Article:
First generation immigrants sacrifice their adulthood in search of a better life for their family and for future generations to come. My father came from Peru to support his family. He was the first person in his family to come to America. He works in road construction from morning until night so that my family is supported. The desire to repay both of my parents is the belief that guides my life.
When I was fourteen, my parents told me that we are moving to the USA for my bright future. We were sponsored by my aunt and uncle in this new world. Education in India, especially with a dream of becoming a Doctor, is expensive. My parents want me to be a successful doctor, but financial crisis was our barrier. I came to America in the search of opportunities and a successful future. However, this path was not as smooth as I thought. The reality is that life for immigrants like me is very tough and full of challenges. I faced educational and financial challenges in the USA, especially the first six months with sudden changes. However, these barriers affected my personal character by making me a hardworking, mature and manageable person.
In 2009, the U.S. Census gathered that there were over thirty-three million second-generation immigrants living in America. America is a melting pot, and in this melting pot, it isn’t uncommon for these children, myself included, to lose sight of what our lives could be–and the struggles that our parents faced to ensure that we have more opportunities than they had. As I write this essay, I’m stressing over the things any other American high school sophomore faces– grades, social drama and statuses, and my follower count on Twitter and Instagram. These “problems,” if even that, are minute to what others our age face around the world. Young adults in Sudan are starving, and young adults in Syria live in the middle of a war zone. As far away They raised two kids: my 19-year-old brother, who is currently a freshman at the University of Georgia, and myself. Thanks to their hard work, I’m able to worry about the things I do. Never have I worried about not having food on my plate, about being denied my education, or being forced to leave everything I know and abandon my dreams. It’s easy to forget what my parents have done for me, for the opportunities and doors they have opened for me. There’s no way to understand your life–the privileges you hold–without understanding the past. You must be thankful for all the things your loved ones have done for you, and I’m sure that I am. I can’t imagine my life if I were in my parents’ shoes, if I faced the struggles and hardships they did, and I know I wouldn’t have the courage to be as decisive as they were and are. Their perseverance and determination make me content with my life now, knowing that it could be much worse. Their experiences motivate me to capitalize on what they gave me–to become something. I want to be sure that my parents know I’m thankful and know that I will work hard to become what they didn’t have the opportunity to. 11th Grade Columbus High School Anjali Patel 5th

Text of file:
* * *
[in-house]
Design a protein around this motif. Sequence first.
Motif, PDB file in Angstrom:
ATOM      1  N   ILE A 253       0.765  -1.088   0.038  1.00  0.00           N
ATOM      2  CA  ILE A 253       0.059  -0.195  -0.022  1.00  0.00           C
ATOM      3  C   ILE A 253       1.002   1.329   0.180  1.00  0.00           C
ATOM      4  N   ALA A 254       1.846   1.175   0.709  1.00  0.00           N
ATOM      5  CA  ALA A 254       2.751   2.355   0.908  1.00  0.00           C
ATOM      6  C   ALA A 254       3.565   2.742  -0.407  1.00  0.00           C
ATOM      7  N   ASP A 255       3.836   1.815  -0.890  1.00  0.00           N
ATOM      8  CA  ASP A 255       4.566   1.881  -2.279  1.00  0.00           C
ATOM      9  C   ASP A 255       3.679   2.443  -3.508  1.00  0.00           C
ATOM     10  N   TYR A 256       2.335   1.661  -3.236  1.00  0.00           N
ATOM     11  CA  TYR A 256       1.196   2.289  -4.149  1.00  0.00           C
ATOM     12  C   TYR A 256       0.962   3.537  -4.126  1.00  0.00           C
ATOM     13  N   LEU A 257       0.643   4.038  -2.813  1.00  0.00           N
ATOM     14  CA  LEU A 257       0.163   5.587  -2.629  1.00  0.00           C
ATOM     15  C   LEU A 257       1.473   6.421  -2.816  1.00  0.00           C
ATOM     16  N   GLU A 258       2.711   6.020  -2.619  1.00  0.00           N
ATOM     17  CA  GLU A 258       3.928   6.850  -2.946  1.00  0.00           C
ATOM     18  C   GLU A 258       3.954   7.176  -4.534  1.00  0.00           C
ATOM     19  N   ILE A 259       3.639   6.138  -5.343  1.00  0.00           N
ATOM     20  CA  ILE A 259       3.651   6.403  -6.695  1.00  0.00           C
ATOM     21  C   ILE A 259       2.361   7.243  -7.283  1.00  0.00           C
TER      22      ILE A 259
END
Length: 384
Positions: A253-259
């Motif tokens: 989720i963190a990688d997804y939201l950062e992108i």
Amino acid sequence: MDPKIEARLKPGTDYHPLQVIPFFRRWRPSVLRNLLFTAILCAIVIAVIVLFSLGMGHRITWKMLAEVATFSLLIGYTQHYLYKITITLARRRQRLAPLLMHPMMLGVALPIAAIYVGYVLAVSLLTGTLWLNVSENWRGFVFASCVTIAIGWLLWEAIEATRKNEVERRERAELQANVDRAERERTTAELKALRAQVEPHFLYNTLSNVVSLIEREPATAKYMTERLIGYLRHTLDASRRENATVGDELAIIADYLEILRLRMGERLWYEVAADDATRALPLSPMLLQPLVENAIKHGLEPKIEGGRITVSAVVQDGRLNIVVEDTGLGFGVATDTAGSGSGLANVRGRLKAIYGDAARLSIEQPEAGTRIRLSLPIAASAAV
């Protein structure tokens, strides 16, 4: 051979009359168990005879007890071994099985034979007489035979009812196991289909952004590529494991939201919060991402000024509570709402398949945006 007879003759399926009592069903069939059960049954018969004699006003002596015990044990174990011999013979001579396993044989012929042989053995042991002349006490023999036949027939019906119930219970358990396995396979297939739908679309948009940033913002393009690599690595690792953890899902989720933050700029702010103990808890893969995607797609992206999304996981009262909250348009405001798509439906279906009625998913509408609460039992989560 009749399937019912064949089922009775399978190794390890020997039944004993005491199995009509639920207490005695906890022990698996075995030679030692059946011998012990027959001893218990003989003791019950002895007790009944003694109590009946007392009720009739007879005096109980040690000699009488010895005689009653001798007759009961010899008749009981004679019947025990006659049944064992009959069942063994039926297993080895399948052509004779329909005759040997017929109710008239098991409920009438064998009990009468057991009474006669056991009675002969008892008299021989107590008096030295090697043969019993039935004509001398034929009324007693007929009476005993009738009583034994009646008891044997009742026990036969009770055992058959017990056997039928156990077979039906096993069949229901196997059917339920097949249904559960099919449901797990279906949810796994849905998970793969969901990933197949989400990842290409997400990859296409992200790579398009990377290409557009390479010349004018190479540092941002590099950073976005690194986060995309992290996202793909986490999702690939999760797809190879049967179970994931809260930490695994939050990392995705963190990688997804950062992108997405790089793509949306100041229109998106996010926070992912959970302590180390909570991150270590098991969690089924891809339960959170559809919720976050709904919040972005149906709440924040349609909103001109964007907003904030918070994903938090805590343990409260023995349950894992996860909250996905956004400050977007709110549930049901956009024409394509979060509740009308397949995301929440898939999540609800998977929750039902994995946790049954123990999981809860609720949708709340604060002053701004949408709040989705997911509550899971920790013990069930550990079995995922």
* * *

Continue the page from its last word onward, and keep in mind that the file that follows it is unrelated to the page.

More than twelve million immigrants will make their first stop in America at Ellis Island Immigration station in the years ahead between 1892 and 1954, at least that's what we read. Who knew a small island in the New York Harbor would become my life saver ?
Coming to America as Immigrants and having nothing to your name can be a very intimidating situation. Many people face this obstacle and my parents are a clear example of it. I grew up watching my parents work and making sure they had no debt to their name. I remember being a young child and mom taking me to work because she didn't have a babysitter. My parents always provided me with the best and even spoiled me, sometimes when you don't work for your objects you forget to say thank you. . My parents sacrifice will not be forgotten and me succeeding in life will be their reward.